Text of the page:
Monday, May 11, 2009

3 Days a Week

The U.S. Postal Service’s annual postage increase takes effect today, but the increase will not be enough to make the postal budget work. The problem is the volume of mail.

In the past, mail volume only went up, but with electronic communication gaining, mail had to decline eventually. After it reached a peak around November 2007, it seems as if the decline is hitting all at once. With personal letters moving to social network web sites, bills going out and being paid on company web sites, postage rates for parcels now too high to ship most things that used to be sold online, and advertising budgets being cut, the volume of mail has fallen about 19 percent from its peak. And with postage rates going up again (and BMG Music Service shutting down), mail volume is certain to fall farther between now and next year.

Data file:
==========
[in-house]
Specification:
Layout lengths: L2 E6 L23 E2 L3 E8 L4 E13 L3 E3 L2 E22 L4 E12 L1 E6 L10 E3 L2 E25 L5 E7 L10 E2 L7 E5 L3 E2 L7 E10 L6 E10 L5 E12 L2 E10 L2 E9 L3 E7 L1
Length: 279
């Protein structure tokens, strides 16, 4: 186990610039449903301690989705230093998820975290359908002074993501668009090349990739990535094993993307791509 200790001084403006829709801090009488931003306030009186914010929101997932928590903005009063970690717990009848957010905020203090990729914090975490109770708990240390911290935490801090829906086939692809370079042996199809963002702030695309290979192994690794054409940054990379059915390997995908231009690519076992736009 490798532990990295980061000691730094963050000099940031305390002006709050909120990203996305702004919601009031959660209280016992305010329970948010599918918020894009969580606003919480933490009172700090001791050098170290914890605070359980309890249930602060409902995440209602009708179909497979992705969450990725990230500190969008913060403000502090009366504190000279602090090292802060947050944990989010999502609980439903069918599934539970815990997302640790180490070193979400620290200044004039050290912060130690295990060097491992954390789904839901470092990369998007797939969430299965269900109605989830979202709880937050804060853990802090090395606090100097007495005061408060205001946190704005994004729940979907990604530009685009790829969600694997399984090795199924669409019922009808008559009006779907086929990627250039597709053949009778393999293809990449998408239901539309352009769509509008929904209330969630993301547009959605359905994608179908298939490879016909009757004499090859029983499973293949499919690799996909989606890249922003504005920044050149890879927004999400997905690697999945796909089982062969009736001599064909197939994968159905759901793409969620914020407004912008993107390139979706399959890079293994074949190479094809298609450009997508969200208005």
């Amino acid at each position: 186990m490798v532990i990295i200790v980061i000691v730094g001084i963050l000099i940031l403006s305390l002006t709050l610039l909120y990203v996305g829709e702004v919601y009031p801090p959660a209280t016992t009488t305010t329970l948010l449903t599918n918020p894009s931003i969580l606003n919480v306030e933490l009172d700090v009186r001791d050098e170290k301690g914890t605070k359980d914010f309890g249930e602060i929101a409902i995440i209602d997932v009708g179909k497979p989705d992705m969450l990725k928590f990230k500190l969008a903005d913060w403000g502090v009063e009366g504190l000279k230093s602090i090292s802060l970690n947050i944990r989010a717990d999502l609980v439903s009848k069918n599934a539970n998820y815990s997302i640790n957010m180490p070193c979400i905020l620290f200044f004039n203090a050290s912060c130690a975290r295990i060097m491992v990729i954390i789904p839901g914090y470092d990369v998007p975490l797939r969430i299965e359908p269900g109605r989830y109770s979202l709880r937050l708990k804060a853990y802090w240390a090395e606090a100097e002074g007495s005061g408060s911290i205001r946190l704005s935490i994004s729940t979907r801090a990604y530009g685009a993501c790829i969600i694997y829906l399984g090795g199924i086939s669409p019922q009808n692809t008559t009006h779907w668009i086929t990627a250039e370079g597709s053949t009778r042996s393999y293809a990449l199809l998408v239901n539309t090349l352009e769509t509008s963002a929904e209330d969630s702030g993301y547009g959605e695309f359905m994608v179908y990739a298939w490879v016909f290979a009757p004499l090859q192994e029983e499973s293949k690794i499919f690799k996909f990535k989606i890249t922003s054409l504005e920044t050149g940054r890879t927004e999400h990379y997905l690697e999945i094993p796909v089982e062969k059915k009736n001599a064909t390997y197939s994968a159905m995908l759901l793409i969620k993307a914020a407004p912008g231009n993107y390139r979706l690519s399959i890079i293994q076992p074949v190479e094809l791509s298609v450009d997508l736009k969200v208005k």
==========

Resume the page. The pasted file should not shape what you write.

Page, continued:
To cut costs, the USPS is considering cutting back on mail delivery from six days a week to five. But with technological trends working against the mail, I would urge it to consider a much bigger cutback, to three days a week.

Perhaps that’s easy for me to say. My mailbox is empty at least once a week as it is, now that banks are not sending out so many credit card offers. But really, what do you get in the mail that couldn’t wait until the next day?

Besides, with five delivery days, more than half of the mail that matters is delivered on Monday, or Tuesday if Monday is a holiday. It’s just advertising circulars and dribs and drabs for the rest of the week anyway, so there isn’t that much delivery lost by cutting back on that part of the week.

Cutting back on delivery is not enough by itself to balance the postal budget, but it would help. Just continuing to raise postage rates won’t get it done, and the postal service’s plans to raise mail volume by advertising more are, in a word, sad. We have to start figuring out where mail fits in in a world where it is no longer the primary way to reach most people. I am certain there is a place for it, but that place might be smaller than in the past.